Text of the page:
From a young age I saw myself as an artist.
I spent time making things in our Cleveland kitchen with my mother, a dynamic and talented woman who painted, wrote for the local newspaper and entered art shows, among other things. Our walls held paintings by local artists.
I often looked through the old sketchbooks on our coffee table filled with fine pencil drawings from the 1800s by my Norwegian great grandmother. I absorbed these influences and further deepened my love of art in excellent art classes both in high school and in college.
Drawings from 1888 by my great grandmother Eugenie Fougner Lassen, born in Bergen, Norway.
My connection with art continued when I studied art in Washington, D.C. As a graduate student in painting at American University, I was influenced by the emphasis on drawing from life and from exposure to art history. My classes sometimes took place at the Phillips Collection, a private museum started by Duncan and Marjorie Phillips. There I could study master Impressionist, Post-impressionist and other works in person, up close. Then, as a graduate student working in the museum, I furthered my love of the work from this modernist collection. Some of my favorite artists include Cezanne, Van Gogh, Bonnard, Matisse, O’Keeffe, Marin, and Hopper.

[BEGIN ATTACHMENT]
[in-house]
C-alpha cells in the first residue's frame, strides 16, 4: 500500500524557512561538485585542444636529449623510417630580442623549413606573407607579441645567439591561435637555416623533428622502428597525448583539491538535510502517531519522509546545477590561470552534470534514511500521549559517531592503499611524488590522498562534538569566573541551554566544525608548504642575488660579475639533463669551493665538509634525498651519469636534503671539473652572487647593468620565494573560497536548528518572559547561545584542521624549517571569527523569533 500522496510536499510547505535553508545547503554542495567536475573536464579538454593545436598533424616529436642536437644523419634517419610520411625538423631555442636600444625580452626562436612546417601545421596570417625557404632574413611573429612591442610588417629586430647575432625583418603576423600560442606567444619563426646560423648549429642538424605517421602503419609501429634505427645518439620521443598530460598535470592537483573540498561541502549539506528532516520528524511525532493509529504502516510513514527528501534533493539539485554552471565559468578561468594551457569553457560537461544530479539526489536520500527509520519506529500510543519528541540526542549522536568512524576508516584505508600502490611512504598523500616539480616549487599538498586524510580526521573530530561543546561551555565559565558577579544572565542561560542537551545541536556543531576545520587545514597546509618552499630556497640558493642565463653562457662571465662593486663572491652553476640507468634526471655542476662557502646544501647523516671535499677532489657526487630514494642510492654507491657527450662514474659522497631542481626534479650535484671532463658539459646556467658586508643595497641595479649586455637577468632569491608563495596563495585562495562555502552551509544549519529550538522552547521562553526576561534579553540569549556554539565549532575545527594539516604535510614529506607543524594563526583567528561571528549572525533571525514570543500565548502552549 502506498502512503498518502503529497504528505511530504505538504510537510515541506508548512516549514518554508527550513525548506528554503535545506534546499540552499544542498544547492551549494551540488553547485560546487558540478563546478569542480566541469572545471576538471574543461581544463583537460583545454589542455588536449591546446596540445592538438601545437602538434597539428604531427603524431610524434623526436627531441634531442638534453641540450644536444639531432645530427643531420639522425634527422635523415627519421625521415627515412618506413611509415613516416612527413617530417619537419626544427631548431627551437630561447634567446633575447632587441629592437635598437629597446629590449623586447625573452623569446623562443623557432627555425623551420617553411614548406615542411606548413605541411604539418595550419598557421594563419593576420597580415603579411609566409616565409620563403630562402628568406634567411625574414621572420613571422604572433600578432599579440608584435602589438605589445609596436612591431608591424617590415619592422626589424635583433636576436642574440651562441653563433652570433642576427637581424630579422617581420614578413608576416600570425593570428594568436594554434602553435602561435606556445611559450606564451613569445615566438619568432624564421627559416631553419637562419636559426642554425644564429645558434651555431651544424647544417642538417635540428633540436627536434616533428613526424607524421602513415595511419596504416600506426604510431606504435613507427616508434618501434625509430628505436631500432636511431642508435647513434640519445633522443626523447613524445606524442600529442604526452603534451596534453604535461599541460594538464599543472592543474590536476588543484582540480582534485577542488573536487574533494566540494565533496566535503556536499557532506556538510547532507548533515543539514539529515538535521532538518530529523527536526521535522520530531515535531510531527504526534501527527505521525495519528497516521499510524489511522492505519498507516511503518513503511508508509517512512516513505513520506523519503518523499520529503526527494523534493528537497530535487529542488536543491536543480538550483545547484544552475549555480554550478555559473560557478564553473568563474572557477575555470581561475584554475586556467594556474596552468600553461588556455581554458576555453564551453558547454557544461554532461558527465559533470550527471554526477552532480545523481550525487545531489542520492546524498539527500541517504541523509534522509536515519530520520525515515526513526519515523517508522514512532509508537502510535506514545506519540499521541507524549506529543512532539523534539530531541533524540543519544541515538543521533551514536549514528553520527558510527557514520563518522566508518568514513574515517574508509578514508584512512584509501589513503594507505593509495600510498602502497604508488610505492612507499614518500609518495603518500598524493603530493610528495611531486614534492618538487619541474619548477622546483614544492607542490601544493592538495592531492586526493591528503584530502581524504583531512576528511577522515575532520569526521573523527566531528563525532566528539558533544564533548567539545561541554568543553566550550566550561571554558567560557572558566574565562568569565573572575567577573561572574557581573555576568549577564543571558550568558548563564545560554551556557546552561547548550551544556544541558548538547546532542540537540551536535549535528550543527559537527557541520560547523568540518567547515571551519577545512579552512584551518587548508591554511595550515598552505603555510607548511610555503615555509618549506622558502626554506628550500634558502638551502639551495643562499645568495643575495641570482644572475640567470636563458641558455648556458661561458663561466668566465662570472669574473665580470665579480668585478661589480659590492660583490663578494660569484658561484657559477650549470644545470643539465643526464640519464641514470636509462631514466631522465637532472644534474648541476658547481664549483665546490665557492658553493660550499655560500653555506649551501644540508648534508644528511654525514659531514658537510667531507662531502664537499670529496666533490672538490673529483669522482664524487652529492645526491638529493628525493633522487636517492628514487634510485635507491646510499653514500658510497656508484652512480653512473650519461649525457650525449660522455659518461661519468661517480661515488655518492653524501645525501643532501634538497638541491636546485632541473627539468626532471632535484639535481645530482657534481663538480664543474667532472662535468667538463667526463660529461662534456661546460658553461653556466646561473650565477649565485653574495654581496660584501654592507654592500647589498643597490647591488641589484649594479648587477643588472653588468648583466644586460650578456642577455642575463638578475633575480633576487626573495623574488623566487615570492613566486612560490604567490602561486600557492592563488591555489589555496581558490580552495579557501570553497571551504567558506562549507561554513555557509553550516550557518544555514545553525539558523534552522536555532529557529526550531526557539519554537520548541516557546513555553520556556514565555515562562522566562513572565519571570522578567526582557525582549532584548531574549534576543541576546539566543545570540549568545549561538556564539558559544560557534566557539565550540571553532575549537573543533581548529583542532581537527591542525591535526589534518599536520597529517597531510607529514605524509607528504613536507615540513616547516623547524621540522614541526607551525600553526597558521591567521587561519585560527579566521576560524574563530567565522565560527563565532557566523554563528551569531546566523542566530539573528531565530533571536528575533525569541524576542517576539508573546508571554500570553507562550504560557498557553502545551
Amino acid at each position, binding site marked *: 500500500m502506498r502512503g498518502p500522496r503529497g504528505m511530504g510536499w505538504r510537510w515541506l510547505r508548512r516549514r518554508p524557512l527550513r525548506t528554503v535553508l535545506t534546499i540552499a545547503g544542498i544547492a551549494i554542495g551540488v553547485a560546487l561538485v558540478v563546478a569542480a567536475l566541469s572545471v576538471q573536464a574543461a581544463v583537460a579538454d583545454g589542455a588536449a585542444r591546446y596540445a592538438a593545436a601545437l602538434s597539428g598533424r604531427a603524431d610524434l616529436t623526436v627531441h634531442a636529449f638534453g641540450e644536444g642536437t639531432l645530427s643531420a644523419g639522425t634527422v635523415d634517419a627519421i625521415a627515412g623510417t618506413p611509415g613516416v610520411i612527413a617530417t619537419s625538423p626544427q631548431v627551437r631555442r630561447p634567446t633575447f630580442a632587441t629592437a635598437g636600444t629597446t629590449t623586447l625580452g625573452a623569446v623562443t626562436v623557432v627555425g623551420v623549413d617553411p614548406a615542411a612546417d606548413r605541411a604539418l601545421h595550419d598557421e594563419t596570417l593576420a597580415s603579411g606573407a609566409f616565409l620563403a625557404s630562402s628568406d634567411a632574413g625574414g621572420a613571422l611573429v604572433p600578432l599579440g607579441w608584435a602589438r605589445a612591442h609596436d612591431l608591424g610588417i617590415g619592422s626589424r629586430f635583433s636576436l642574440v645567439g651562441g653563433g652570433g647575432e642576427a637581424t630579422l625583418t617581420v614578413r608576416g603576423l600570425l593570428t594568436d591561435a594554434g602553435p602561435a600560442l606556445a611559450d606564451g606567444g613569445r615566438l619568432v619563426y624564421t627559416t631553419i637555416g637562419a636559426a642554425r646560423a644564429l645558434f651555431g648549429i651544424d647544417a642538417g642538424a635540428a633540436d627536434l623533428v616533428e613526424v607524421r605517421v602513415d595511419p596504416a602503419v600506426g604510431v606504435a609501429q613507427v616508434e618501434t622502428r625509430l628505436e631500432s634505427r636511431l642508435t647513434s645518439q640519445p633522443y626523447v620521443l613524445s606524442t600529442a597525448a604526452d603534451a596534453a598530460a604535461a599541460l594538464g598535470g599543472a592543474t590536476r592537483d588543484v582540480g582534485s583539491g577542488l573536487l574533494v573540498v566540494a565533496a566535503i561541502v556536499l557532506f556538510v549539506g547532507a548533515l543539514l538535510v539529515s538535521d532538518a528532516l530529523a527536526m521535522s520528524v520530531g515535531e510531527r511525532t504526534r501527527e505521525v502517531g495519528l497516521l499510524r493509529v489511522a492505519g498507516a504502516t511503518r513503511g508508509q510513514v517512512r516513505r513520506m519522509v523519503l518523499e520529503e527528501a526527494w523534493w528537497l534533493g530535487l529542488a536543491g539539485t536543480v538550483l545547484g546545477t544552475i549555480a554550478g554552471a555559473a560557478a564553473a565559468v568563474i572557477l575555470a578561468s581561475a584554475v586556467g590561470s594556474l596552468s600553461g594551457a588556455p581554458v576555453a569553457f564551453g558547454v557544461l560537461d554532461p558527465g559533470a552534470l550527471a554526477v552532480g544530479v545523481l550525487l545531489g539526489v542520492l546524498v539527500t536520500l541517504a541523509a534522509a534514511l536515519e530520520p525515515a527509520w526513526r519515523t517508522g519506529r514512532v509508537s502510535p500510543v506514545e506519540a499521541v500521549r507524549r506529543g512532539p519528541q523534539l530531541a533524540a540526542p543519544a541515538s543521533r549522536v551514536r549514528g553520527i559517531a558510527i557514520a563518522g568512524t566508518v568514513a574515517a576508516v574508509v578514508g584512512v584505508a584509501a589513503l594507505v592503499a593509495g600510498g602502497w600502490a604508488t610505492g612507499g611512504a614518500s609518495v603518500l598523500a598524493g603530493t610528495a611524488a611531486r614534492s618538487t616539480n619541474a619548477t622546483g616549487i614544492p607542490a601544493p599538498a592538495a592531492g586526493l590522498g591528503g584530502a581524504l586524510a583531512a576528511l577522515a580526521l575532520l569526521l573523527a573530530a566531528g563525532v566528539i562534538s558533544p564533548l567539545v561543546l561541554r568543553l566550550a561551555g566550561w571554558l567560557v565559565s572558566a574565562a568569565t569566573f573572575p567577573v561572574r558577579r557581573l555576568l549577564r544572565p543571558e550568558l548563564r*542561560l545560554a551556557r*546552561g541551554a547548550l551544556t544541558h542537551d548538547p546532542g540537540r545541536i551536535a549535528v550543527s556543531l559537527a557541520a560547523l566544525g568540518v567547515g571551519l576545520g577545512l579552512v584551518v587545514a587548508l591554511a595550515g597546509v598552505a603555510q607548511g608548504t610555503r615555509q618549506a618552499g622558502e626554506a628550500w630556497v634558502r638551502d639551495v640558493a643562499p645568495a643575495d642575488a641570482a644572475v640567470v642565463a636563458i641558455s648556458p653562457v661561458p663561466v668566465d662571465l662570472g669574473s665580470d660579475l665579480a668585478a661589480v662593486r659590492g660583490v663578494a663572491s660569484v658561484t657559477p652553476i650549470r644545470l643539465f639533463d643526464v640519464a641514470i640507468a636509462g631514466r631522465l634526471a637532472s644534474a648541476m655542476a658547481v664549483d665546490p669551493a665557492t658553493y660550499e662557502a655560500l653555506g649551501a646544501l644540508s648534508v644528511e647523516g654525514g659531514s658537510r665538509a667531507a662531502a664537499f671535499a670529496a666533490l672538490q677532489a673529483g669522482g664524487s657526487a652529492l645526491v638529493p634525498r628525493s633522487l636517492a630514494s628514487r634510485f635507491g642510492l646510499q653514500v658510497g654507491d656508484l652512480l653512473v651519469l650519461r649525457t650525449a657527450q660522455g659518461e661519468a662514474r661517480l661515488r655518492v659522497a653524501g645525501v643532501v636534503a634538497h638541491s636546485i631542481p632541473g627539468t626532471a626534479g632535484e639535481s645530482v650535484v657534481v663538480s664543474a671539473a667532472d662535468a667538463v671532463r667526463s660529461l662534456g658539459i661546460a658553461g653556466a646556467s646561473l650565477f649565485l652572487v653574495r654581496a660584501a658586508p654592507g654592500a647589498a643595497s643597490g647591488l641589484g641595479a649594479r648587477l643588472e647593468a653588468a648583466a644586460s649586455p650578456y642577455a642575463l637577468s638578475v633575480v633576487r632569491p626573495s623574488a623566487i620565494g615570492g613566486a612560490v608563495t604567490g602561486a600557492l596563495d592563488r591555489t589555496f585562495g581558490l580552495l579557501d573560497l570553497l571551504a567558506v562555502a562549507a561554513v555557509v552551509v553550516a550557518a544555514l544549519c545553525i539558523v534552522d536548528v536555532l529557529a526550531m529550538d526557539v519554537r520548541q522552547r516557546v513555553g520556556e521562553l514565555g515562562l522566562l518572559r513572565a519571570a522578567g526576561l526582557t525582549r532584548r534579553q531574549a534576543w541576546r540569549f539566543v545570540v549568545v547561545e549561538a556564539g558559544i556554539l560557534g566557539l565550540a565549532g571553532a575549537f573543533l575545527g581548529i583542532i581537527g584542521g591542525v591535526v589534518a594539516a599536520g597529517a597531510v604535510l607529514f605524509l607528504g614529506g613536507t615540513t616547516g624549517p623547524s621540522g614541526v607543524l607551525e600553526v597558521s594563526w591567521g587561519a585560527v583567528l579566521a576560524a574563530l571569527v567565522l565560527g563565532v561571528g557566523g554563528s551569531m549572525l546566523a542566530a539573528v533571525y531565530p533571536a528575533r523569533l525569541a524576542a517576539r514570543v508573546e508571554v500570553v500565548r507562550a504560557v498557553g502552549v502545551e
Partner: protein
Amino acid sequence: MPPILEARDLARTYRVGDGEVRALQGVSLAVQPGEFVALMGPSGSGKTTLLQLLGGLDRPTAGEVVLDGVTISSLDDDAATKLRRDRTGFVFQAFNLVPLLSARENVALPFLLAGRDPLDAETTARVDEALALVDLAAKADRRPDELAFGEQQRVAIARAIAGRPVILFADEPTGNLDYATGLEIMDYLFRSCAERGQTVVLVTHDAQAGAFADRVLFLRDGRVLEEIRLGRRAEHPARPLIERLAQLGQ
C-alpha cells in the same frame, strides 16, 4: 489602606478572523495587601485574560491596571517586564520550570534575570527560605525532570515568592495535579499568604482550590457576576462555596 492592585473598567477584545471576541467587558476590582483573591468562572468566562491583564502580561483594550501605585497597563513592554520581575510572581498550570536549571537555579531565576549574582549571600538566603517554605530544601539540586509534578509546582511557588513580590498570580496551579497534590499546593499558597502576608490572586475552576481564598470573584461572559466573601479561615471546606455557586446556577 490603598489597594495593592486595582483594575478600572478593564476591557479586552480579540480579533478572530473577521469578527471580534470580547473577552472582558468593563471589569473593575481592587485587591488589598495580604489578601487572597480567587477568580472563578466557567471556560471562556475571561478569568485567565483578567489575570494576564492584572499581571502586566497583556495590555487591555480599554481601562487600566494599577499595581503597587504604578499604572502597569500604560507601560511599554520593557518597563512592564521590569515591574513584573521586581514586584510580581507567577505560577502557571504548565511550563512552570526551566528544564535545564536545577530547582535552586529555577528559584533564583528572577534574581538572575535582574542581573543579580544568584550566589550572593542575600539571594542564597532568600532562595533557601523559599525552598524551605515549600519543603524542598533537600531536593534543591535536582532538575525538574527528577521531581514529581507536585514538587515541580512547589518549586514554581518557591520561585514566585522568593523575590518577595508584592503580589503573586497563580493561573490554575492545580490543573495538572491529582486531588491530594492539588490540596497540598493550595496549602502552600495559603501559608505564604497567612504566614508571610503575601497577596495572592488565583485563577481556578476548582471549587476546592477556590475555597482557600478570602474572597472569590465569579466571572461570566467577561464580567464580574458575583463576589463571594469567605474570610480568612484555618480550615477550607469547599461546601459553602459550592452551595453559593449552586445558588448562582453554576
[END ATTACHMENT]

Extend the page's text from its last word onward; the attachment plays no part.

I became an art teacher in 1987, starting at a private boarding school in Katonah, NY, continuing after moving to Atlanta in 1995, and retiring after teaching 14 years in an outstanding public high school in Atlanta. Currently I teach art online, at art centers and in my studio.
Young children and teens are particularly free and fearless. I try to adopt that fearless attitude when it comes to my own work.
I’m interested in many questions that art proposes. How does something become art? What does it mean to be an artist? Thinking about these issues has informed my art practice and my teaching philosophy through the desire to delve more deeply into the why of art.